Sharing talent for tanning

By Madeleine Caccianiga

Malcolm Watts has been perfecting the art of animal tanning for more than 20 years and shares his passion with the Tatura Men’s Shed members.

A passionate hunter, Mr Watts saw potential in using the whole of the animal in his motto ‘‘waste not, want not’’ when away camping with a mate, where he decided to ‘‘pull the rug off a goat’’.

Mr Watts spends months tanning, stripping, stretching and cleaning pelts to create belts, rugs and fox tail aerials.

‘‘Tanning is a process that turns the skin into leather,’’ Mr Watts said.

Using only three implements, Mr Watts spends time crafting the pelts by taking all the fat and unwanted flesh off the skin.

‘‘Initially I put the pelt across the tanning beam and I’ll use one of the implements or maybe all three, take all the fat and meat and unwanted flesh off, salt it down, and roll it up,’’ he said.

The process includes salting down the pelt a number of times to kill any bacteria within the animal skin.

Mr Watts said after salting, the pelt was left for 36 hours to draw the moisture from the skin.

He then wipes it down and re-salts it again.

From there, Mr Watts washes the pelts in tanning fluid.

‘‘I wash them, put a product in to soften it up and wash it and rinse it and make up a formula which involves tanning fluid, a quantity of water and salt, depending on the quantity of skin,’’ he said.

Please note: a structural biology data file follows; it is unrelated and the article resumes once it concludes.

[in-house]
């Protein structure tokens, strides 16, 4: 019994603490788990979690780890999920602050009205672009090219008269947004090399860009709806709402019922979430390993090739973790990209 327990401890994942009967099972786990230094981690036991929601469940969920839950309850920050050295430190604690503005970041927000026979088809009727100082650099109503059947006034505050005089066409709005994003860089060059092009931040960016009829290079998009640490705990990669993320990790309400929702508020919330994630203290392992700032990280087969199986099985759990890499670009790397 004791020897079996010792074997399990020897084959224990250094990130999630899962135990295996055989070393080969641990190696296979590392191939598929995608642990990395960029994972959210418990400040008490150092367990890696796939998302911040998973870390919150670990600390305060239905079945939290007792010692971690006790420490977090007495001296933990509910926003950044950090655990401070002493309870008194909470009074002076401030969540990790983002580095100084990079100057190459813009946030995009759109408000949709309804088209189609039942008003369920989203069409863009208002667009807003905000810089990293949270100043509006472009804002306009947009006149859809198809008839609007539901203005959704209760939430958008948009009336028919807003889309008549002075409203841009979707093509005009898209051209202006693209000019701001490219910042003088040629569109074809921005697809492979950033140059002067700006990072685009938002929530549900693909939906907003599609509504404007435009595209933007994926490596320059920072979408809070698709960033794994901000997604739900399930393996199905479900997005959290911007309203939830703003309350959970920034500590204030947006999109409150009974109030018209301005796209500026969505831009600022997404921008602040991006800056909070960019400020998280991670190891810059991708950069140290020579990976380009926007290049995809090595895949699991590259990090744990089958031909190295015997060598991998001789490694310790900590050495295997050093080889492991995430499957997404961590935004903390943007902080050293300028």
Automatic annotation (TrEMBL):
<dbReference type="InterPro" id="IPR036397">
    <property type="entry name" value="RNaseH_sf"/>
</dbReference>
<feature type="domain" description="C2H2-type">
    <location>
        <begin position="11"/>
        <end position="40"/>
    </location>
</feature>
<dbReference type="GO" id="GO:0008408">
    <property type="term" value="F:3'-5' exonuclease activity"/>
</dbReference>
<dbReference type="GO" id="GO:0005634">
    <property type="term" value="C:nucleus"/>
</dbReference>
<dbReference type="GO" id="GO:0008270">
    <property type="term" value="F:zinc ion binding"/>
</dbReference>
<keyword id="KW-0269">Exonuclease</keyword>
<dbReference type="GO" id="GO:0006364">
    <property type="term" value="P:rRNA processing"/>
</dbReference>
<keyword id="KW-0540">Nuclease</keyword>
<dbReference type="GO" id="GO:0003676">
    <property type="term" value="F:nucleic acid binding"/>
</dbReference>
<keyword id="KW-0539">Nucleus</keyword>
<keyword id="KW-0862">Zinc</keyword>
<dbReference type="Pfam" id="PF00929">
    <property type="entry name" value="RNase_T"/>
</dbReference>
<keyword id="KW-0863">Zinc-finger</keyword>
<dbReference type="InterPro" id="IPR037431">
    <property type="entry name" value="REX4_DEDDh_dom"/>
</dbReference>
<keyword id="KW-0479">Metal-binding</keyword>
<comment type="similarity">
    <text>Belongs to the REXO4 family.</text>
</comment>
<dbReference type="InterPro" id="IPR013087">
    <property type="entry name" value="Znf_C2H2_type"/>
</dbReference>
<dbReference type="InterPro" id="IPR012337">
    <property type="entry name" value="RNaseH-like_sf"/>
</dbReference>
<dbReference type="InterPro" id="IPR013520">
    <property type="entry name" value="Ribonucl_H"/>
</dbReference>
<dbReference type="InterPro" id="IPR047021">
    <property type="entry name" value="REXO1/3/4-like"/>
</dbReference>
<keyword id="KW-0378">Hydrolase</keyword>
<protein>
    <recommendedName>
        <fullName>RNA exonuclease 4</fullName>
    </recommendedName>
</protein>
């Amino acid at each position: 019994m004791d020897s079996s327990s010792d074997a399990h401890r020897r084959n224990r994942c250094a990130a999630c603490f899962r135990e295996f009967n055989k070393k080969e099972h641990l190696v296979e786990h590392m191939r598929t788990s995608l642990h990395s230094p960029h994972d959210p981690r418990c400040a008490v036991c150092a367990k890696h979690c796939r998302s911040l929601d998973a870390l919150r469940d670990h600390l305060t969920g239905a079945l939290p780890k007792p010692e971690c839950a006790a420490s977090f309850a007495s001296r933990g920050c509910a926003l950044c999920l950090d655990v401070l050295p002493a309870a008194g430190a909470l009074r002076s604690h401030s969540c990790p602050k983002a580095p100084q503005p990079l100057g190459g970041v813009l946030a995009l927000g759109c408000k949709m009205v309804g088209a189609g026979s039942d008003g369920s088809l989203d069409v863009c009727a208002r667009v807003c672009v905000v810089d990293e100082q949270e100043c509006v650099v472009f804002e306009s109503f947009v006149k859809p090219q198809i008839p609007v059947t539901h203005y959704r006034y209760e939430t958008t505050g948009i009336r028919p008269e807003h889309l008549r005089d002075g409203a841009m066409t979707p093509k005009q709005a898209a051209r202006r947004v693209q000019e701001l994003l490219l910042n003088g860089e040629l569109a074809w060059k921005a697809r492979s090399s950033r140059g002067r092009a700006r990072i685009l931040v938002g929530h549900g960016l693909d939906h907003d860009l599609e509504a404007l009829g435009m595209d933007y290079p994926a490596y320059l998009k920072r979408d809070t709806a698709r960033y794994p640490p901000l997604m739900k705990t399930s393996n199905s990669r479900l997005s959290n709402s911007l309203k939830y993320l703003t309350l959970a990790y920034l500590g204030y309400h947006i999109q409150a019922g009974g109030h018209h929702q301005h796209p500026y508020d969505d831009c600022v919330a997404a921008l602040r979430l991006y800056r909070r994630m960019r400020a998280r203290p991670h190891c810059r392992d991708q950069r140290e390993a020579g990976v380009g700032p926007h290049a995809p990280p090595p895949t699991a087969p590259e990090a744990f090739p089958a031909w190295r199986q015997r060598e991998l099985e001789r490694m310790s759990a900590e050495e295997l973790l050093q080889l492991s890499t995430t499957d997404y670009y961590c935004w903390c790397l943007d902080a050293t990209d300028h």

He said the pelts had to be put out flat to dry and stretch the fibres.

‘‘They get stretched out on the rack to dry and then it is painted with a leather fluid,’’ Mr Watts said.

He said the only time he used power was to finish things off.

‘‘I use power for perhaps 15 minutes at the end of the process ... when it’s strung up and dried and turned into leather, to get the underside of the skin nice and smooth I use a belt sander,’’ he said.

‘‘From there I take it down, cut it and make a nice shape out of it and make it look pretty.’’

He said if the hair was not a nice pattern, he found another use for it.

‘‘I won’t waste it, I’ll de-hair it and that’s another process where I can just make a sheet of leather out of it,’’ Mr Watts said.

He said he had been doing this process at home for many years, but when the men’s shed came along it was a convenient option.

‘‘Look, it’s another string to the bow of the men’s shed,’’ Mr Watts said.

Tatura Men’s Shed is located at 157-161 Ross St, Tatura. For more information, phone 58241089 or email